Evidence of political interference in listing decisions is mounting for a number of animals, including the Gunnison's Prairie Dog, Gunnison Sage-Grouse, White-Tailed Prairie Dog, Mexican Garter Snake, Roundtail Chub, and California Tiger Salamander. The House Resources Committee is schedule to hold hearings into the endangered species listing program in May, including the issue of political interference in listing determinations.
All prairie dog species are considered keystone species, providing food and creating crucial habitat for many other native wildlife species. Wildlife closely associated with prairie dogs are undergoing what scientists describe as "a wave of secondary extinctions" due to prairie dog declines. Altogether, over 140 wildlife species have either been documented as dependent on prairie dog towns, or their biological requirements make it likely that they benefit from prairie dogs and the habitats they create. The Service has recognized for over a decade that protection for prairie dogs is a way to fulfill the Endangered Species Act's ecosystem protection purpose.
"The American public has repeatedly expressed its strong support for protecting endangered species and the Endangered Species Act," noted Erin Robertson, Senior Staff Biologist of Center for Native Ecosystems. "The extinction of prairie dog species would be especially tragic because of their critical role in maintaining the ecosystems in which they live."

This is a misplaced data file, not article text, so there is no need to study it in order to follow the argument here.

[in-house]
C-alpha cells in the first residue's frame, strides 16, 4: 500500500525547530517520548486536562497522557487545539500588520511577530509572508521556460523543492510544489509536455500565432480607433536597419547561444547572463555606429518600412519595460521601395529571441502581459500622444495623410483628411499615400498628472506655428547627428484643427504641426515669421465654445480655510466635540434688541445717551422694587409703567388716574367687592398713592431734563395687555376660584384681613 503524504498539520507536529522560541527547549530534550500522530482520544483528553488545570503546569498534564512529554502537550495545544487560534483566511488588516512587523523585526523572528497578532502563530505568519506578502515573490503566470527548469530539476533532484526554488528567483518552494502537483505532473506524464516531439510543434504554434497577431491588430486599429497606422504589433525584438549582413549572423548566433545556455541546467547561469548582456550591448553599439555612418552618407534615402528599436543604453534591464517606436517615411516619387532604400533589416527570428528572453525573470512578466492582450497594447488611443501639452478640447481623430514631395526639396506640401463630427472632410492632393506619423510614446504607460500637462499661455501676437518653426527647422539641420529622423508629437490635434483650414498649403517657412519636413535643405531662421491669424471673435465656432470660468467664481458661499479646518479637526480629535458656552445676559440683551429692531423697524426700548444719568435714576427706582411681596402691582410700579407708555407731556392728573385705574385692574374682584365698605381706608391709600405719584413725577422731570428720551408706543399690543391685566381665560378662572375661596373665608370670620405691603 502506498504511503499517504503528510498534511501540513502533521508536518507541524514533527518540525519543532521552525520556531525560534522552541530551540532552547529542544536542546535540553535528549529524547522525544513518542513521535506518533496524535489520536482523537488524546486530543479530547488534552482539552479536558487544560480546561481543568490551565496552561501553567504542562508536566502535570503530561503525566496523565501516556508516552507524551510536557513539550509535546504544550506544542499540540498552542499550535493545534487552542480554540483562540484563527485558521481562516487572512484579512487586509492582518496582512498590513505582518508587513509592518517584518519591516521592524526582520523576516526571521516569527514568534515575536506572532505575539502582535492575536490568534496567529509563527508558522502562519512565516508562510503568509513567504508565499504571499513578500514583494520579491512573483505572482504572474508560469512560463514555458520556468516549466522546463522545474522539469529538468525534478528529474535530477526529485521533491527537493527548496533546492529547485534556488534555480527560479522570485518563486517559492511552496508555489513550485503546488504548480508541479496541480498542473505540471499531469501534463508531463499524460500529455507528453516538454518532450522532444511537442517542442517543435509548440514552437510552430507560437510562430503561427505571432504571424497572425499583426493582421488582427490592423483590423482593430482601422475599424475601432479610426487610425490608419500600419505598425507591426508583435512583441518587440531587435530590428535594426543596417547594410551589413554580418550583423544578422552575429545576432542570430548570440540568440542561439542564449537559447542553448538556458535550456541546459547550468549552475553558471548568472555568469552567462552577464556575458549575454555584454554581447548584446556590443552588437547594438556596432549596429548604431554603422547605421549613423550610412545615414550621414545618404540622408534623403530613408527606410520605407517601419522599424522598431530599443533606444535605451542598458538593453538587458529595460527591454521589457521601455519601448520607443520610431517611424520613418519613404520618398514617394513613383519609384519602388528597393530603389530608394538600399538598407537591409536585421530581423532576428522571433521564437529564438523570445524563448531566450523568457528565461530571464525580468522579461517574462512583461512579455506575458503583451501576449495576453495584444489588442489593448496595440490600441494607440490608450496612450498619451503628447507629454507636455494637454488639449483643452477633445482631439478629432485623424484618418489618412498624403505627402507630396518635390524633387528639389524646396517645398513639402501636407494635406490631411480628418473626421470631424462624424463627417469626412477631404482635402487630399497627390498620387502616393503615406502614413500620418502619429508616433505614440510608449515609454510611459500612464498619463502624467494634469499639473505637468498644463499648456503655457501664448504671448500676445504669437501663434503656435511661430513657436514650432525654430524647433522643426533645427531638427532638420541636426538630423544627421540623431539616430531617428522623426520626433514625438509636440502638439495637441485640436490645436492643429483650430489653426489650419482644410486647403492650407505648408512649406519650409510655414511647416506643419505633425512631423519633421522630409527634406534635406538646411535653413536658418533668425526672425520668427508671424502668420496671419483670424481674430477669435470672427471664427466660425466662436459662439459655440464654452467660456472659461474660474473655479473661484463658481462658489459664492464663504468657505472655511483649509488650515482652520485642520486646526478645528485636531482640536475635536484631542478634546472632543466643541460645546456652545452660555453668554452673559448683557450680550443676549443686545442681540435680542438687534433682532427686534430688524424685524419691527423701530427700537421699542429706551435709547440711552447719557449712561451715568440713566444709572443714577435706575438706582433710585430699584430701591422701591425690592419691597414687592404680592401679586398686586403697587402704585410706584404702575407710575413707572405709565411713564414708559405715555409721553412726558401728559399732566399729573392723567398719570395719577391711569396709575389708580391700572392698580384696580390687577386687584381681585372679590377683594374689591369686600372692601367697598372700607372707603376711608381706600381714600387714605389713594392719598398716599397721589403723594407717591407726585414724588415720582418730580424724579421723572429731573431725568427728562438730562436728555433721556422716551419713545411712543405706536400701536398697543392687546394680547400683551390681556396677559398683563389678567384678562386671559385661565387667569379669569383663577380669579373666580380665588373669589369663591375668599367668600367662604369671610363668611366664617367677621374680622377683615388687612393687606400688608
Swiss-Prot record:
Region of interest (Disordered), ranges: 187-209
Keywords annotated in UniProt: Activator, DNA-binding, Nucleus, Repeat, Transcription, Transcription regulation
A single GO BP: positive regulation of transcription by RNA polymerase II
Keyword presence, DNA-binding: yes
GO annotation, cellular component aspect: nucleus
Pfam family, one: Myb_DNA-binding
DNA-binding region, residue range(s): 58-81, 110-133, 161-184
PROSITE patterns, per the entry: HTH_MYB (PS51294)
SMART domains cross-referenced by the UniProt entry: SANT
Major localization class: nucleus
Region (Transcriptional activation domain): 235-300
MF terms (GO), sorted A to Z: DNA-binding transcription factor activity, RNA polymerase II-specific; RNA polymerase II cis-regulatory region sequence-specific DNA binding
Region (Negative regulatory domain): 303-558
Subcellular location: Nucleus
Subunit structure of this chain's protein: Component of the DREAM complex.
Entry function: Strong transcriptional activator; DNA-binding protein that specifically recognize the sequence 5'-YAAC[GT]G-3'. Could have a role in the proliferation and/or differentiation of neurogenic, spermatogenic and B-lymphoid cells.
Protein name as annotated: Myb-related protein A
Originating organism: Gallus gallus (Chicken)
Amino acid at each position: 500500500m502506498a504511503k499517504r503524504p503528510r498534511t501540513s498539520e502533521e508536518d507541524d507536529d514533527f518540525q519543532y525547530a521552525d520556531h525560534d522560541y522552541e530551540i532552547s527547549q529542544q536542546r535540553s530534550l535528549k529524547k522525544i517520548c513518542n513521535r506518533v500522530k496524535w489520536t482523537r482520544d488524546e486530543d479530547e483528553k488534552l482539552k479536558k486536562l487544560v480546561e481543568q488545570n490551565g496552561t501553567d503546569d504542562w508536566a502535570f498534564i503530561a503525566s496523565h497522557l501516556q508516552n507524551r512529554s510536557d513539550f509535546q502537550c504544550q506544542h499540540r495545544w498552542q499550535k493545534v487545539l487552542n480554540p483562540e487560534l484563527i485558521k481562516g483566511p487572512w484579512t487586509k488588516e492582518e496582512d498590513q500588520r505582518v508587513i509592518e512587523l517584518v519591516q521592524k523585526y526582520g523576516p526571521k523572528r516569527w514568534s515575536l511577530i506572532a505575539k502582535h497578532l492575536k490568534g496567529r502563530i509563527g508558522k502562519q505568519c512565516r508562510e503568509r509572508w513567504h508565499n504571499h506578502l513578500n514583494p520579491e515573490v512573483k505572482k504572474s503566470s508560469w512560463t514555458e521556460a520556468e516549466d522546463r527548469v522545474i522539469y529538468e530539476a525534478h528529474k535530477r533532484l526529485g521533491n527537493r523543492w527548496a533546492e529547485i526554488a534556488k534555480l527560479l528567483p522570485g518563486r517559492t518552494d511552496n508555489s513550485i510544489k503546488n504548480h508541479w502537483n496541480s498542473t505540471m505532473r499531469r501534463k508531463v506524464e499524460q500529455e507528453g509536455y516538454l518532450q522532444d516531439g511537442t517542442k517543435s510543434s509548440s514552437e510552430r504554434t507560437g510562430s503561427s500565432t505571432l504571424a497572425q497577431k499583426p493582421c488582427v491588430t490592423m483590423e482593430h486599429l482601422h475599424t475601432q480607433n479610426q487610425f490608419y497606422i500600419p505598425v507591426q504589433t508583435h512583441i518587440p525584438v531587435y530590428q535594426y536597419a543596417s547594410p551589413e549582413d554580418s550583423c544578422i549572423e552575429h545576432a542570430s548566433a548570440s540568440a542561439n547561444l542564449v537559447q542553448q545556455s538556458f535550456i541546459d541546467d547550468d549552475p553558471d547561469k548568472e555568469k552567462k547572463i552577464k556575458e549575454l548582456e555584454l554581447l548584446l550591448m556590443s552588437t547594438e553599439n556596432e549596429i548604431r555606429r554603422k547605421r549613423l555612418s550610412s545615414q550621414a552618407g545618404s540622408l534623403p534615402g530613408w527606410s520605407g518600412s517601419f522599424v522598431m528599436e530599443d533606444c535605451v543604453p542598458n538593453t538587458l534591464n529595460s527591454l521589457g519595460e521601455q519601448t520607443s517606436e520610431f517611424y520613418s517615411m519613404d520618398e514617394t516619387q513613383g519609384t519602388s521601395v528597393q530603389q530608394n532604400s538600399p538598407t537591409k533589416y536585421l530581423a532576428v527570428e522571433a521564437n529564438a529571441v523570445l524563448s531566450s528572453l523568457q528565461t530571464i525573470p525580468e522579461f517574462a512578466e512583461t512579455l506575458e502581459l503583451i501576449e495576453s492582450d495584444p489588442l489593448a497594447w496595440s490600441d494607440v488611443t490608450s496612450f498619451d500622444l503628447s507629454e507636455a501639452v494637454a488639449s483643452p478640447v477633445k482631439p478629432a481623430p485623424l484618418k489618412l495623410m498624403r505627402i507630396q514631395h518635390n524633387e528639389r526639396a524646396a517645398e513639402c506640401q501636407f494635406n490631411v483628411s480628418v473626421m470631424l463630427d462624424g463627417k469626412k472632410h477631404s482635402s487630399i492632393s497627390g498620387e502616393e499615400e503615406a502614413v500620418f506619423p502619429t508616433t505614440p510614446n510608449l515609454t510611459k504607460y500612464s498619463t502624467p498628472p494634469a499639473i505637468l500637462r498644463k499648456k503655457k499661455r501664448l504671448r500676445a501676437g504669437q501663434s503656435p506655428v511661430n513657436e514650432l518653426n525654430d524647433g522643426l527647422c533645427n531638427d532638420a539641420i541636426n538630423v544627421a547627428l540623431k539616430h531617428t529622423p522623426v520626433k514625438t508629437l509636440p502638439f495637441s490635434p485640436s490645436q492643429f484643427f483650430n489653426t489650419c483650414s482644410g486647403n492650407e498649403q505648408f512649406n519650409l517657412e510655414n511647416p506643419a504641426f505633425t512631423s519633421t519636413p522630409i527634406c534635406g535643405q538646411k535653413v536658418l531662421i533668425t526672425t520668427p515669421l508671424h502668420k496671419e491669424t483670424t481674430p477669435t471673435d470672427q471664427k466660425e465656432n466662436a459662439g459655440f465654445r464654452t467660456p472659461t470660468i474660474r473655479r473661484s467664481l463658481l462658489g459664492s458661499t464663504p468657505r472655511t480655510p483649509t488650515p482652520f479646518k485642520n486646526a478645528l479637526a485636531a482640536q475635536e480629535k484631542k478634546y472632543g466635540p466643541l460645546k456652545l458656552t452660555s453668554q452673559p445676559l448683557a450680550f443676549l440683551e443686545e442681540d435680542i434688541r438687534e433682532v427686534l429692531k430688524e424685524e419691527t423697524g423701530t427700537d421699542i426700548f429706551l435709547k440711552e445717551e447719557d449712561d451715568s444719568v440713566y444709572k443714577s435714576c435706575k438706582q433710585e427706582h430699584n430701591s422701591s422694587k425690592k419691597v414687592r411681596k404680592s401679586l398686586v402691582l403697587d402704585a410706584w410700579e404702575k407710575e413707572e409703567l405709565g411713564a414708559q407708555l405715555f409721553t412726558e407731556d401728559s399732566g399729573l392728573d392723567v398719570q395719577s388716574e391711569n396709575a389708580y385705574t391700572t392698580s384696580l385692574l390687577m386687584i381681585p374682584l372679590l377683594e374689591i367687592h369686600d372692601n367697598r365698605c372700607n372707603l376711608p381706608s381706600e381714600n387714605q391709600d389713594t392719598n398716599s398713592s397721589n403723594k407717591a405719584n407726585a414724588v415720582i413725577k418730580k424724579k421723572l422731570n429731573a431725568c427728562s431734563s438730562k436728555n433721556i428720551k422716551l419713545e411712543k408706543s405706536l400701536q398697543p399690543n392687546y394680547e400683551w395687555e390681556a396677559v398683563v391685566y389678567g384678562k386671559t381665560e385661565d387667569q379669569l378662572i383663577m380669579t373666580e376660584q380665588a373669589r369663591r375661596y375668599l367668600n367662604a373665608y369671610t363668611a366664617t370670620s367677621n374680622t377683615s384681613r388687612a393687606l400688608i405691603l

There are five species of prairie dogs and all have been listed or petitioned for federal protection under the Endangered Species Act. The Utah and Mexican Prairie Dogs were charter members on the Endangered Species Act list. But the Service has refused to provide federal listing to all three unlisted species, despite their imperiled status. The federal government released a negative finding on WildEarth Guardians' petition to list the Gunnison's Prairie Dog (found in the Four Corners area) on February 7, 2006, which the group, along with a coalition of scientists and spiritual leaders, challenged in court in December. There is clear evidence of political interference in that decision, with emails showing that the petition was on-track for a positive finding but was abruptly reversed through the intervention of Bush political appointee Julie MacDonald .
The White-Tailed Prairie Dog (found in Colorado, Utah, Montana, and Wyoming) was also a clear victim of political interference by MacDonald. As a result, the species suffered a negative petition finding in 2004. It was petitioned for listing by Center for Native Ecosystems and other groups in 2002.
The Black-Tailed Prairie Dog (found in the Great Plains) was a candidate for Endangered Species Act protection from 2000-2004 but was removed for political reasons. WildEarth Guardians and Biodiversity Conservation Alliance filed suit to obtain federal protection for this species on February 7, 2007.
The setback for the Utah Prairie Dog comes on the heels of "Prairie Dog Day," a western twist on Groundhog Day. Over the past two years, five cities Colorado and New Mexico cities have declared Groundhog Day Prairie Dog Day, and several hundred schoolchildren have participated in prairie dog education programs.